Jeff Goldblum, the iconic Hollywood star whose 1965 bar mitzvah took place in an Orthodox synagogue in Homestead, was feted in Pittsburgh once again, though this time there was no Torah reading. On July 13, several hundred Steel City denizens descended on the Artisan Collective, an East End haunt located at 5001 Penn Ave., for Jeff Goldblum Day.
Beginning at 11 a.m. fans of the Jewish actor flocked to the multistory building for activities including Jeff Goldblum trivia, Jeff Goldblum Pictionary and a Jeff Goldblum costume contest.
The daylong celebration, which brought together local businesses and several hundred Goldblum enthusiasts, was the brainchild of Artisan employees Matt McKelvey and Shauna Burd.
“It’s been something I’ve been thinking about for years,” said McKelvey.
For 14 years, “I kind of sat on that day and…finally it just came at the right time to put it all together,” McKelvey explained.
Plans began last month, with McKelvey and Burd designing T-shirts, buttons and other Goldblum emblazoned items for purchase. Drawings were even made for Goldblum inspired tattoos. (By noon on July 13, 22 people had registered to be forever linked in ink to the thespian.)
In a movie where researchers and scientists collaborate on bringing dinosaurs back from extinction, “his character is the smartest of the group, and he’s just the most on point with everything and I just loved how he thought about stuff,” said Danielle Pratt, of Latrobe.
Anya Braggs, of Pittsburgh, similarly discovered Goldblum in “Jurassic Park,” but noted that the internet may possess the actor’s greatest performances.
“I just love watching him in interviews, because he’s awkward but in a really funny way,” said Sarah Gross, of Pittsburgh.
Following “Jurassic Park,” the Jewish performer, who four years after studying under Rabbi Marvin Pritzker at Homestead Hebrew Congregation received instruction from Sanford Meisner at the Neighborhood Playhouse School of the Theatre, went on to star in “Independence Day” (1996) and “Thor: Ragnarok” (2017). Combined, the two films grossed nearly $1 billion.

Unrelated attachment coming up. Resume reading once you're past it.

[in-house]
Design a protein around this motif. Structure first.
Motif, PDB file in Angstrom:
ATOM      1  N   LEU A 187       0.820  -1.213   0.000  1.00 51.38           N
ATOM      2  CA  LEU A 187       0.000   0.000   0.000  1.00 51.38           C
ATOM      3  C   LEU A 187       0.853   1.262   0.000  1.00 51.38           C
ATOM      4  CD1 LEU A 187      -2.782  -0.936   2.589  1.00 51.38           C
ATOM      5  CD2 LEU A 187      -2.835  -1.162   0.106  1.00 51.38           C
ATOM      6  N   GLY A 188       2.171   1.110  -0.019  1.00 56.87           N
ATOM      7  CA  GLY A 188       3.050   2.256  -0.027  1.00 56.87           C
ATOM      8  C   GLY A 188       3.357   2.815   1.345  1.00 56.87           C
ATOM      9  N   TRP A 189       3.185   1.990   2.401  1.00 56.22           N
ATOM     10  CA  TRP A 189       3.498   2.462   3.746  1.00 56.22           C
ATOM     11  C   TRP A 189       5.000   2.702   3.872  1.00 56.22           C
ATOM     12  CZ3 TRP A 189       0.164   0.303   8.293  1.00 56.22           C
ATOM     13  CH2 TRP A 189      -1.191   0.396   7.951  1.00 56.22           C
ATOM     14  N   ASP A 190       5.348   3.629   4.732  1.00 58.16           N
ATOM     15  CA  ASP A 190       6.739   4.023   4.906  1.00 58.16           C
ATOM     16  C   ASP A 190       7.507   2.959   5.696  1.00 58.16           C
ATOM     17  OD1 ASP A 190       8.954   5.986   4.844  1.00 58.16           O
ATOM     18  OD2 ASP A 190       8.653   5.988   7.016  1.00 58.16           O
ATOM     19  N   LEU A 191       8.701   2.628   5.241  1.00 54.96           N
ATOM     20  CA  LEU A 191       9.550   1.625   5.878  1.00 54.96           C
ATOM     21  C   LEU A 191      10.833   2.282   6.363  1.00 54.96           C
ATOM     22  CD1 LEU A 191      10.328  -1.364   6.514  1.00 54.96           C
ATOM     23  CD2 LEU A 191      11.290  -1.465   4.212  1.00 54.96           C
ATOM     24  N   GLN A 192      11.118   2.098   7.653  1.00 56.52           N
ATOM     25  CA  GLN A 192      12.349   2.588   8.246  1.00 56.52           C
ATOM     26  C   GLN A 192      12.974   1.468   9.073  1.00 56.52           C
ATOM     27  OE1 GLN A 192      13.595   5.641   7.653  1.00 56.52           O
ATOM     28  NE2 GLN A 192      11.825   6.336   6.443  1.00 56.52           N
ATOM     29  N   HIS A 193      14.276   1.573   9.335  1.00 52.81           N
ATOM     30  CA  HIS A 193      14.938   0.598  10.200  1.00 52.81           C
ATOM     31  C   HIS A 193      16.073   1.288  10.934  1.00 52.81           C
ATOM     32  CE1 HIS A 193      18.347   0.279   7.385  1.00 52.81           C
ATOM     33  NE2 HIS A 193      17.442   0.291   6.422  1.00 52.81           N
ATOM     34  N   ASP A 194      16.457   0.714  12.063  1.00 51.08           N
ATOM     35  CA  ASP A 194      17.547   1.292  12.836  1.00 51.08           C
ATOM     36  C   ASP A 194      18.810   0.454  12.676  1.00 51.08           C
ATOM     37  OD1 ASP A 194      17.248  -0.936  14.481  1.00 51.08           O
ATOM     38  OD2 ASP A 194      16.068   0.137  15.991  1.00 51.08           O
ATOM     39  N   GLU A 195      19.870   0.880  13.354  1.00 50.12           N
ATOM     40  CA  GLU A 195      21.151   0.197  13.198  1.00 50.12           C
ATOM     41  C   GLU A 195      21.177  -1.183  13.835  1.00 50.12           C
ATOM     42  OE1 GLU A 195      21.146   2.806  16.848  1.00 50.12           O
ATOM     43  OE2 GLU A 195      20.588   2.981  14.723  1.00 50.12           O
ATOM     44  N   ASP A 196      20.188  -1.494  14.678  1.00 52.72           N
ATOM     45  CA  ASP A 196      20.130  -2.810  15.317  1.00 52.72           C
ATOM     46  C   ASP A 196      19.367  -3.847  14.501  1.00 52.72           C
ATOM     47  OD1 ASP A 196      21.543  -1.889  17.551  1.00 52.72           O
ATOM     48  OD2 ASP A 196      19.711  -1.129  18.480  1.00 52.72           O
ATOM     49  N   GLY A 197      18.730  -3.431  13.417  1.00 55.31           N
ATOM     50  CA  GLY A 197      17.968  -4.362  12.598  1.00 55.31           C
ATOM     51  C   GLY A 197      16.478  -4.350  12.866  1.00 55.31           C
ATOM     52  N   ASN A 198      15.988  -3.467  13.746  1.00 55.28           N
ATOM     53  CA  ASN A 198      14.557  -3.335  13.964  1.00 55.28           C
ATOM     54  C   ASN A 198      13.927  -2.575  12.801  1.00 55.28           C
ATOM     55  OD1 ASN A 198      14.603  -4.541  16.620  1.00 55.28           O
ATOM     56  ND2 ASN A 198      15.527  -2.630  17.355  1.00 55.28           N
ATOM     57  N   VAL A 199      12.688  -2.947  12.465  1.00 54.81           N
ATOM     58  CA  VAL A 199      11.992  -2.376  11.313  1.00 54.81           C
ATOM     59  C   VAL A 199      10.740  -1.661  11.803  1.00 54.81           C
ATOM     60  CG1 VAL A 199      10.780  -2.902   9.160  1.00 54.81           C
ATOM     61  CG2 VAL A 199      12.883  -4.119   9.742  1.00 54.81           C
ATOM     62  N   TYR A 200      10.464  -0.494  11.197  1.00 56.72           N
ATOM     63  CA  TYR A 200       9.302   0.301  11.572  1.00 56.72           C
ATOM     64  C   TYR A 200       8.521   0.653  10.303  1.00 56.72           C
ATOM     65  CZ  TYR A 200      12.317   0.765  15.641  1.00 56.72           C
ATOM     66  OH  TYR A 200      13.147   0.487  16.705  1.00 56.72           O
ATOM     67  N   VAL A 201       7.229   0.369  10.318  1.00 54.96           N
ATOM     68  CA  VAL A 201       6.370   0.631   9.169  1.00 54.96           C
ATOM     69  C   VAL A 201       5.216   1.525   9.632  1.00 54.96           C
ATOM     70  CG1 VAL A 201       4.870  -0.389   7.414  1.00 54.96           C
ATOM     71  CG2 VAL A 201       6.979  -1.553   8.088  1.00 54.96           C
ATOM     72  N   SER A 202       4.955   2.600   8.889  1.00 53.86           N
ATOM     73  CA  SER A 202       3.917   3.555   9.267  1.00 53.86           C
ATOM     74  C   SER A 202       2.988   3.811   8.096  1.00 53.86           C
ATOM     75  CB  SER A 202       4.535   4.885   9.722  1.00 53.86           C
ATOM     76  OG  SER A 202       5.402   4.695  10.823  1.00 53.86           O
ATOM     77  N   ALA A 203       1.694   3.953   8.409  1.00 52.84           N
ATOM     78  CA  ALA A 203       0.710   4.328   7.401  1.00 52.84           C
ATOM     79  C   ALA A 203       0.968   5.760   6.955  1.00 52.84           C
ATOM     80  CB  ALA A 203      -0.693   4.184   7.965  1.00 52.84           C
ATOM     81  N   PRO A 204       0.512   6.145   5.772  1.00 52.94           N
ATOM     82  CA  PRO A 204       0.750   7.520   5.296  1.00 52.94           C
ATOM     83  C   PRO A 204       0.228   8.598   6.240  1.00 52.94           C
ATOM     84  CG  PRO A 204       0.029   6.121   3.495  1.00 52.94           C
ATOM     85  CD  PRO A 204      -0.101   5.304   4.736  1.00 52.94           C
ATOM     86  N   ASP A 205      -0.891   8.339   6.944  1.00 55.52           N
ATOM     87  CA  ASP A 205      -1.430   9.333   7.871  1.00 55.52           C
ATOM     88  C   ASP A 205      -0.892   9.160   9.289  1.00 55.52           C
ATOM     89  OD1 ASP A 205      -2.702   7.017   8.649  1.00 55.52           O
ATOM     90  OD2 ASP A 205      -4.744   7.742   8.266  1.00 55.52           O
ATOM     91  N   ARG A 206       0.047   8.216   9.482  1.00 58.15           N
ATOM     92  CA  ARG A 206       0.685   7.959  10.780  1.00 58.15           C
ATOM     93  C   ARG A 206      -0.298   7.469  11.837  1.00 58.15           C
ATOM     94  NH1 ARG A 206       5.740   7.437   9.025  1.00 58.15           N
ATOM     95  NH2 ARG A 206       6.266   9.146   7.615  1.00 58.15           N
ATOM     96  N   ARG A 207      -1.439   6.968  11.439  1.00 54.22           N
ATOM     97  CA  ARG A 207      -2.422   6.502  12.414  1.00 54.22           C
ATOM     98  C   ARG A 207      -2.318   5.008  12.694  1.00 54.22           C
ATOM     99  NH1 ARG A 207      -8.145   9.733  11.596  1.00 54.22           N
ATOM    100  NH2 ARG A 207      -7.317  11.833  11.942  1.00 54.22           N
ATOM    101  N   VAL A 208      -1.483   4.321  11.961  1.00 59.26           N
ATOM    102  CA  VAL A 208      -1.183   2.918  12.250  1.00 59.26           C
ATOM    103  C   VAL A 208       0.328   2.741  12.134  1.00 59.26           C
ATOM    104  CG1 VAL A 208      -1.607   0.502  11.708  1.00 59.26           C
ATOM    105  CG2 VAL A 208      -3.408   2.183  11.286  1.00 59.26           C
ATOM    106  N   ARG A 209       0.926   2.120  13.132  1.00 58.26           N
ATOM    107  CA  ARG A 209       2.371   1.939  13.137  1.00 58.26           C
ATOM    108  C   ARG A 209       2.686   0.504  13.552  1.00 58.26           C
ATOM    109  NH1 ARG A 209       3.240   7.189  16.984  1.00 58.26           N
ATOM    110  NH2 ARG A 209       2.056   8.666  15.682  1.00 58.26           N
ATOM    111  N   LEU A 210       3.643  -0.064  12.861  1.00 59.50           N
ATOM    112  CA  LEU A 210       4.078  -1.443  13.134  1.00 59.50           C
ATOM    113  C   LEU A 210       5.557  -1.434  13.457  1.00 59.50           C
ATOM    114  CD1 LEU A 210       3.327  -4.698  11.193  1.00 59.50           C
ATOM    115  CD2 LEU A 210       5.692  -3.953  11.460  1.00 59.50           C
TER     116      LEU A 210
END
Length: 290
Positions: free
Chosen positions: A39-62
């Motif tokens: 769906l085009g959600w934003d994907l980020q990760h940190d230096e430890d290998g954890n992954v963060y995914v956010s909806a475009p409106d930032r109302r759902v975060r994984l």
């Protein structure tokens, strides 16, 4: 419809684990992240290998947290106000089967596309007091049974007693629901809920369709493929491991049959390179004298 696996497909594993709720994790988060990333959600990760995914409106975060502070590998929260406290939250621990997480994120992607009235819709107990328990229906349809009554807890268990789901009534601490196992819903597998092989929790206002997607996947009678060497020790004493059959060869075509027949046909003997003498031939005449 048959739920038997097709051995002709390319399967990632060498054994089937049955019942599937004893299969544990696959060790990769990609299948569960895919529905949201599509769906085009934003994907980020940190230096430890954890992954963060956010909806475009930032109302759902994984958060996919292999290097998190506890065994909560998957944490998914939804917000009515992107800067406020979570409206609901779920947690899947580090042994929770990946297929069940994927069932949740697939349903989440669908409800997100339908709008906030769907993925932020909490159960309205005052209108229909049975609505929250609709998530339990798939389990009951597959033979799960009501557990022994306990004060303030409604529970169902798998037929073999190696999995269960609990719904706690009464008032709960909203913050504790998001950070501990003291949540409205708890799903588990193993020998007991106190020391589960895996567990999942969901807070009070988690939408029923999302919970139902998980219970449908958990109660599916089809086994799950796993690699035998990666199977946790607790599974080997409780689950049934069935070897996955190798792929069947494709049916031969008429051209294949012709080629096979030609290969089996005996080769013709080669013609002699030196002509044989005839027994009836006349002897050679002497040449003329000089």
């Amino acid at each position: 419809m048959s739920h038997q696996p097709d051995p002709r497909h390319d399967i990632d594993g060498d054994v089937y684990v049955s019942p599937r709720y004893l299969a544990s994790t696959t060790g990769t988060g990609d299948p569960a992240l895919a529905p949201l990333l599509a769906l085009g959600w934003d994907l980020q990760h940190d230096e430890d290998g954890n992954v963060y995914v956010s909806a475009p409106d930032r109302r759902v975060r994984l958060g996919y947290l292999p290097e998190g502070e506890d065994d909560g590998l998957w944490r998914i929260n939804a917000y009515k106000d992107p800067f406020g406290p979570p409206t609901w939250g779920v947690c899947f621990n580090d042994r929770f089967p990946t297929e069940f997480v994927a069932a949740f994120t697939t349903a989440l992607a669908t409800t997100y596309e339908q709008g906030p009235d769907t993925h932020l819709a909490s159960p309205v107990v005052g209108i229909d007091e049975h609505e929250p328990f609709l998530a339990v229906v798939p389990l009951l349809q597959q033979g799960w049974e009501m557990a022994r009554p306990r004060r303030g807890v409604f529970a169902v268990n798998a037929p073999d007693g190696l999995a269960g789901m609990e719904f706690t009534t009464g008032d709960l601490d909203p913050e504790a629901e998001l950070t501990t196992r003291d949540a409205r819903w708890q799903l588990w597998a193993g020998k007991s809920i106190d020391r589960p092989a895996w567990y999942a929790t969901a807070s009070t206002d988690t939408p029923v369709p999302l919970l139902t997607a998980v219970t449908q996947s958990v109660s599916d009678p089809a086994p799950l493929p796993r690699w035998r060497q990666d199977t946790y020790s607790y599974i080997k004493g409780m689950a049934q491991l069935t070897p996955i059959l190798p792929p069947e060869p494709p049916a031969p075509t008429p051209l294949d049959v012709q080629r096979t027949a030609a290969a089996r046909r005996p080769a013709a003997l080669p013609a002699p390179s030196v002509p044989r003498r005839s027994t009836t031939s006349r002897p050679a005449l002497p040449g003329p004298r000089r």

“We’re all drawn to him because he has that quirky charisma, that intangible unique quality,” said McKelvey.
“There is no one like Jeff Goldblum. He has made being himself an iconic thing to be and he’s kind of like everybody’s cool uncle,” echoed Burd.
There’s also the physical aspect to his aura, said Ciccocioppo. “He’s aging very gracefully, he’s a very attractive 65 year old man.”
While Goldblum’s presence at the event may have made some more crazed than a quirky scientist who mistakenly transforms himself into a bug-like creature — the actor’s character in “The Fly” (1986) — the luminary never showed. He was similarly unresponsive to multiple requests regarding the day, including those from Mayor Bill Peduto’s office and Artisan.
Such was evidenced by Burd, whose comments should solace those shut out of the evening’s closing event — a secret showing at Row House Cinema in Lawrenceville where every one of the 83 seats had been sold.
“Were going to do this every year,” she said. “Next year we’re hoping it’s going to be a block party.” Like Malcolm eloquently stated, “I’m simply saying that life, uh…finds a way.” PJC
Lauren Rosenblatt contributed reporting to this story. Adam Reinherz can be reached at firstname.lastname@example.org.